Portrait of Francesco Petrarca (1304-1374), Italian poet and humanist (Photo credit: Wikipedia)
One of the great wonders of the poetic world–at least in the western tradition–is the centuries old figure of one of Italy’s most interesting sons: Francesco Petrarch. A poet and scholar, his was one of the voices most sought after in the Renaissance–that great pinnacle of western revival in the arts.
For good reason, might I add! Not only was he considered the father of the humanist movement (which would eventually change the face of Europe in a great many ways, I might add–Reformation, anyone?), he gave birth to what is now known as the Petrarchan sonnet, and his works serve as some of the models for lyrical poetry as a whole. You may recall in a previous post I mentioned the Italian sonnet? In some cases, it is another name for these–but on the whole, Petrarch’s words served as the basis for those Italian forms to come.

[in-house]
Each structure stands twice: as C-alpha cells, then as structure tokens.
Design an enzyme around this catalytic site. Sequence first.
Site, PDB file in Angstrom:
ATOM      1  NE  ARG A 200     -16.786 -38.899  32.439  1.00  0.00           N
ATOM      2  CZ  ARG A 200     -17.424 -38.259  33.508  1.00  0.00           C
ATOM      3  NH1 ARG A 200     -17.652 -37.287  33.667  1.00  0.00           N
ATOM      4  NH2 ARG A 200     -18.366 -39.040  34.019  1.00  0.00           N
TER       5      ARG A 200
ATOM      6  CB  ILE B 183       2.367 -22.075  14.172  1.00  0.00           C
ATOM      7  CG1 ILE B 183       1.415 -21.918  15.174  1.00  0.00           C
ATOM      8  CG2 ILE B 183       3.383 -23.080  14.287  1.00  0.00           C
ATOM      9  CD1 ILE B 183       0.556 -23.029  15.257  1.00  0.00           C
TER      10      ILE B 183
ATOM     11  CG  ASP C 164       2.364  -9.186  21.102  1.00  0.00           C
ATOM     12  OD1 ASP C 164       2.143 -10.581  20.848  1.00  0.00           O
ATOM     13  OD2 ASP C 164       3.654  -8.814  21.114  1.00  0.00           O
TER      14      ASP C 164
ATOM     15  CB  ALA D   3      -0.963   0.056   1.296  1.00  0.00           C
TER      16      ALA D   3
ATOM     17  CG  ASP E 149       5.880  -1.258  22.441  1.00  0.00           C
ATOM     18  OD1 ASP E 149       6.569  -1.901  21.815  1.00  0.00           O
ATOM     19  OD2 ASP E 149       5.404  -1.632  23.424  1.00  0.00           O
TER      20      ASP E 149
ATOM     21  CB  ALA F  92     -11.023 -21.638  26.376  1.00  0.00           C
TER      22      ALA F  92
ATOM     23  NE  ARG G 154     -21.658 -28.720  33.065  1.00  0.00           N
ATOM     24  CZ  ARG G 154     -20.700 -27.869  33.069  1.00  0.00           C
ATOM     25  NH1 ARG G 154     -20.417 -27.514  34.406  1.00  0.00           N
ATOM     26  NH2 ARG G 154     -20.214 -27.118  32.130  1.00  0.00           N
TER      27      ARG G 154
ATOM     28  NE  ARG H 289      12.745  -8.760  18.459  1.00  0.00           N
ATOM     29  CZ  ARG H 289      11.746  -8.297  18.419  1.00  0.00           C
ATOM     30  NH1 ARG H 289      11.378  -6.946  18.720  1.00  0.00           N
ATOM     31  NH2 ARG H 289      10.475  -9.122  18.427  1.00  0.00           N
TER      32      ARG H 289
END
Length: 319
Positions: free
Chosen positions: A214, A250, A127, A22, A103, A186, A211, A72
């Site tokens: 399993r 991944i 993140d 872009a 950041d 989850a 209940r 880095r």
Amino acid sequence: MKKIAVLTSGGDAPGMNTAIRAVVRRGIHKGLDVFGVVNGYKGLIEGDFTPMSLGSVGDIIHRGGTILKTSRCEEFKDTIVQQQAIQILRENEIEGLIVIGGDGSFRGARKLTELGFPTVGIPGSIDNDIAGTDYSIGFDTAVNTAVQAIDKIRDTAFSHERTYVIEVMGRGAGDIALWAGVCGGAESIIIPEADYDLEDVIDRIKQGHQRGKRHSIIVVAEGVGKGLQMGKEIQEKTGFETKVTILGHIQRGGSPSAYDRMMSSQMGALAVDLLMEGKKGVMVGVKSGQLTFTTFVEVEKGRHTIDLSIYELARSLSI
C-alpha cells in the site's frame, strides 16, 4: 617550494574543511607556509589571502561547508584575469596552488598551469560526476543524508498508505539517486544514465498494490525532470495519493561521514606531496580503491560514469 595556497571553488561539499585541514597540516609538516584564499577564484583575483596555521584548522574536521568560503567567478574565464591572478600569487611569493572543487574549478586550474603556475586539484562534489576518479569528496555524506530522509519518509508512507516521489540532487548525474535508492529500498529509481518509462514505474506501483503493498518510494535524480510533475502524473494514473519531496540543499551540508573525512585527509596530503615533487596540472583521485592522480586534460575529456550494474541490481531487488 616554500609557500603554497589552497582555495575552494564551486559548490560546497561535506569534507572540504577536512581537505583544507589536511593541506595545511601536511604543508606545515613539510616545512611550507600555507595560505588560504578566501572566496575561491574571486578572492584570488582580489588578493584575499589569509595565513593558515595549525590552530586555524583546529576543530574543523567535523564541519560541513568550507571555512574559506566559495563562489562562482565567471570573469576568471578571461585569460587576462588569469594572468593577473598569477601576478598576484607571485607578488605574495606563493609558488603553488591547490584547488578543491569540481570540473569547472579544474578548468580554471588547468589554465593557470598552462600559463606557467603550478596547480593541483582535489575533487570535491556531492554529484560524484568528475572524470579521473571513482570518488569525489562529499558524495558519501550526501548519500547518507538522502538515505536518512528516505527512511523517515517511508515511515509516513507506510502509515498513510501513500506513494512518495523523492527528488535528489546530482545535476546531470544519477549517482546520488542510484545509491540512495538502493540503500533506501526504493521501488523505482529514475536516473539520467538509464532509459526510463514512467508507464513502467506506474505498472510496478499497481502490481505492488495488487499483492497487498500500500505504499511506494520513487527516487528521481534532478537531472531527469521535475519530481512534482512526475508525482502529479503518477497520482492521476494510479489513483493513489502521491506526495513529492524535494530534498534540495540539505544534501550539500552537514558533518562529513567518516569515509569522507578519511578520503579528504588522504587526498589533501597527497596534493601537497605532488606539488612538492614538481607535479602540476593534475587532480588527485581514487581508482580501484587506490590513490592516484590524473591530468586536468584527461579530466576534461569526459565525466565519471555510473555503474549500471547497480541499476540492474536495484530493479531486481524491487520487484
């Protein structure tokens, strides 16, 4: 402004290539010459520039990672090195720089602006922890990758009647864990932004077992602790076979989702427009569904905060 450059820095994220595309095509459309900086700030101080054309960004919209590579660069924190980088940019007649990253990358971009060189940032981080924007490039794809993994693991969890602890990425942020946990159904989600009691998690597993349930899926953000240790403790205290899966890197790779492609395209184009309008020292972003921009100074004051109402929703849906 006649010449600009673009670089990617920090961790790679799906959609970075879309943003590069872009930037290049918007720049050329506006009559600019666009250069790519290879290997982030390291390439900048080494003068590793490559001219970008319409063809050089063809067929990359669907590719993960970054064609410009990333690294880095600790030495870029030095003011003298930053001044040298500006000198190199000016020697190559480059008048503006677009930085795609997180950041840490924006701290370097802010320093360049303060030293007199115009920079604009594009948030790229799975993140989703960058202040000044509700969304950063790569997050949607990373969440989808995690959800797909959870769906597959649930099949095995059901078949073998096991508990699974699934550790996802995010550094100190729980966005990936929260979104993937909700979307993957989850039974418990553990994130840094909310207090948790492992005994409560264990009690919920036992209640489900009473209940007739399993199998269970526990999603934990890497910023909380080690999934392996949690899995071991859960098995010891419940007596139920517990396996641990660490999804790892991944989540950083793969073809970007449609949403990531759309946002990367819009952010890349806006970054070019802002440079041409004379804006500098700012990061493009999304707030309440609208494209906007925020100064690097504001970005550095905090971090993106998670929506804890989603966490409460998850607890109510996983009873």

His brand of poetry was not typically weighed with politics or the like, as seen in many cases today, but rather with the matter of the heart–or to be more specific, the concepts of unattainable love. Beneath many of them lie a great pining the poetic heart too easily recognizes.
Italian, it is often said, is a language of love, and if that’s the case, you might consider thanking Petrarch for the pleasure–the model for the modern Italian language is actually based of a mix of Petrarch’s, Giovanni Boccaccio’s, and Dante Alighieri’s works.
So let us indulge now in a sample of the master’s words, with one of his iconic sonnets…
Sonnet 12–Alas, so all things now do hold their peace
Alas, so all things now do hold their peace,
Heaven and earth disturbèd in no thing;
The beasts, the air, the birds their song do cease;
The nightes car the stars about doth bring.
Calm is the sea, the waves work less and less.
So am not I, whom love, alas, doth wring,
Bringing before my face the great increase
Of my desires, whereat I weep and sing
In joy and woe, as in a doubtful ease.
For my sweet thoughts sometime do pleasure bring,
But by and by the cause of my disease
Gives me a pang that inwardly doth sting,
When that I think what grief it is again
To live and lack the thing should rid my pain.
~By Petrarch, translated into English by Henry Howard